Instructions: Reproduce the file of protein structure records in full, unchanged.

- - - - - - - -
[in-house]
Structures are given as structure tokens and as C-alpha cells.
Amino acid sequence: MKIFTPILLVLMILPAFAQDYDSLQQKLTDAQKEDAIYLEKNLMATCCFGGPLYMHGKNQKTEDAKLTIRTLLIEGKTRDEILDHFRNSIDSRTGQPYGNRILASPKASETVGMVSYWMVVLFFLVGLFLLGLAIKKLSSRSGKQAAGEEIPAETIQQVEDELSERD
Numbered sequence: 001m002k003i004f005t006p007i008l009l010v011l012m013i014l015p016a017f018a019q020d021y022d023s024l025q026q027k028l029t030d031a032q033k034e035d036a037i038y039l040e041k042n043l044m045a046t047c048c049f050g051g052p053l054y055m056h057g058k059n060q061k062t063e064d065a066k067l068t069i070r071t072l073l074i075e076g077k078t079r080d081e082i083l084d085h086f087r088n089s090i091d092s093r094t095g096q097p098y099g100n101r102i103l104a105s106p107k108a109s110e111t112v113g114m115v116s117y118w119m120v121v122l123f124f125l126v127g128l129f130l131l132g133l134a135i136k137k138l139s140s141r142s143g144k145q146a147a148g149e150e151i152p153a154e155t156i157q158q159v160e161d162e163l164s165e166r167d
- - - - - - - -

[in-house]
Structures are given as structure tokens and as C-alpha cells.
Amino acid sequence: MKIFTPILLVLMILPAFAQDYDSLQQKLTDAQKEDAIYLEKNLMATCCFGGPLYMHGKNQKTEDAKLTIRTLLIEGKTRDEILDHFRNSIDSRTGQPYGNRILASPKASETVGMVSYWMVVLFFLVGLFLLGLAIKKLSSRSGKQAAGEEIPAETIQQVEDELSERD
Numbered sequence: 001m002k003i004f005t006p007i008l009l010v011l012m013i014l015p016a017f018a019q020d021y022d023s024l025q026q027k028l029t030d031a032q033k034e035d036a037i038y039l040e041k042n043l044m045a046t047c048c049f050g051g052p053l054y055m056h057g058k059n060q061k062t063e064d065a066k067l068t069i070r071t072l073l074i075e076g077k078t079r080d081e082i083l084d085h086f087r088n089s090i091d092s093r094t095g096q097p098y099g100n101r102i103l104a105s106p107k108a109s110e111t112v113g114m115v116s117y118w119m120v121v122l123f124f125l126v127g128l129f130l131l132g133l134a135i136k137k138l139s140s141r142s143g144k145q146a147a148g149e150e151i152p153a154e155t156i157q158q159v160e161d162e163l164s165e166r167d